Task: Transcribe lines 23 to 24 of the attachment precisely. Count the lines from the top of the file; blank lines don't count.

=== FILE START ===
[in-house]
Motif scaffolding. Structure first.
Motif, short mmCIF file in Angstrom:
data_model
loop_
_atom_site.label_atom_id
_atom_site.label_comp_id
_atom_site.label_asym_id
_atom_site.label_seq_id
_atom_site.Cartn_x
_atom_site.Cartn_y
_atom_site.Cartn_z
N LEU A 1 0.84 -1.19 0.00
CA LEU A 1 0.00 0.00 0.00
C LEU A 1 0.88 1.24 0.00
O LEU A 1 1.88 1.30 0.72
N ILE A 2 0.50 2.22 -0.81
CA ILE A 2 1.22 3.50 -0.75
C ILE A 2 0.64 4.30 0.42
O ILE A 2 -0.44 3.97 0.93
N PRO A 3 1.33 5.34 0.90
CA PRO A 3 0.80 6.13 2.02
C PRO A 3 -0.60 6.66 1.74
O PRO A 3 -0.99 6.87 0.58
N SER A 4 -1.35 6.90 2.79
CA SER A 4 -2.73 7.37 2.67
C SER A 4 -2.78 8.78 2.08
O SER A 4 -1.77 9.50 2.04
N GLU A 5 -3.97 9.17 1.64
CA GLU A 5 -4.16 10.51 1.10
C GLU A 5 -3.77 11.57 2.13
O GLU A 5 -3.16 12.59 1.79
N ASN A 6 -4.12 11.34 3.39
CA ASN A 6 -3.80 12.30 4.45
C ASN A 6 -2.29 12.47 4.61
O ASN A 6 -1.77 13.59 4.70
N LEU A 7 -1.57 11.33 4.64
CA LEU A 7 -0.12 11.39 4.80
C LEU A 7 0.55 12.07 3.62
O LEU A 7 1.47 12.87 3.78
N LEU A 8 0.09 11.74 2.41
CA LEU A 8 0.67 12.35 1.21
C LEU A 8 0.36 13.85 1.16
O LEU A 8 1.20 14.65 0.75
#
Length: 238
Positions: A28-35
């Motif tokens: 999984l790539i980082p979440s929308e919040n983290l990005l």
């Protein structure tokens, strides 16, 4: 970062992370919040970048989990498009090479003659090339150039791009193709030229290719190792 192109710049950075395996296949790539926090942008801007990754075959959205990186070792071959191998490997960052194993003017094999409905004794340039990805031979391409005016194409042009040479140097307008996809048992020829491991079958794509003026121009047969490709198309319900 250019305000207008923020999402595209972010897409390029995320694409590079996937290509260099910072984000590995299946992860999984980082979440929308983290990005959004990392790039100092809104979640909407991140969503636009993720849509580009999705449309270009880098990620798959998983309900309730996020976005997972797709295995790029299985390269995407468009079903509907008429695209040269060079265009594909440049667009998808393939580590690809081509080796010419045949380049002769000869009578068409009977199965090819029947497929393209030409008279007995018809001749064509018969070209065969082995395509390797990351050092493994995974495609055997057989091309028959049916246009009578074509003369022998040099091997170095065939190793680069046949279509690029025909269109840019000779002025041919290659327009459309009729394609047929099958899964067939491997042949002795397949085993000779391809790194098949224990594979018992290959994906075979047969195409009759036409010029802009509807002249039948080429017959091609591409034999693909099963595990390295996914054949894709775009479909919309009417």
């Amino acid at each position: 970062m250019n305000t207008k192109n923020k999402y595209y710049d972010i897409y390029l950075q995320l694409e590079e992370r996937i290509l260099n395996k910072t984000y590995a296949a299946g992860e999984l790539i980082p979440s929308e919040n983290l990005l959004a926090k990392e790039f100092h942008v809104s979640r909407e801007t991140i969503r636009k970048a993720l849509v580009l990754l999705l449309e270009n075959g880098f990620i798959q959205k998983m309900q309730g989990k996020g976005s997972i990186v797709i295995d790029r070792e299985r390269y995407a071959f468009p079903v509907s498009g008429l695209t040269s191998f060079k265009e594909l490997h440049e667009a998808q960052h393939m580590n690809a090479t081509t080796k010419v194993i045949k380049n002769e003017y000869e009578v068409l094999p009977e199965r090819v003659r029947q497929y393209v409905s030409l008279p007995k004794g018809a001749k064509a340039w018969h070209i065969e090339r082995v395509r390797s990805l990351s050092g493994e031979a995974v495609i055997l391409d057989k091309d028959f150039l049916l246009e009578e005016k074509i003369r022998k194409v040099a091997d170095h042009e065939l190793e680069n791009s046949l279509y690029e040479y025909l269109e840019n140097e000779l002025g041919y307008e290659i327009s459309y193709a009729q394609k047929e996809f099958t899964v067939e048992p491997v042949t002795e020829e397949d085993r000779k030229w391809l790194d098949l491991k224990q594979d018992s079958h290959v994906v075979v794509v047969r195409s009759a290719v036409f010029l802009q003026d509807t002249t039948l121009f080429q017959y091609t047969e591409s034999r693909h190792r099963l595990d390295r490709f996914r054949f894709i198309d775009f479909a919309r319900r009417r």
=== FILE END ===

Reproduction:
C PRO A 3 -0.60 6.66 1.74
O PRO A 3 -0.99 6.87 0.58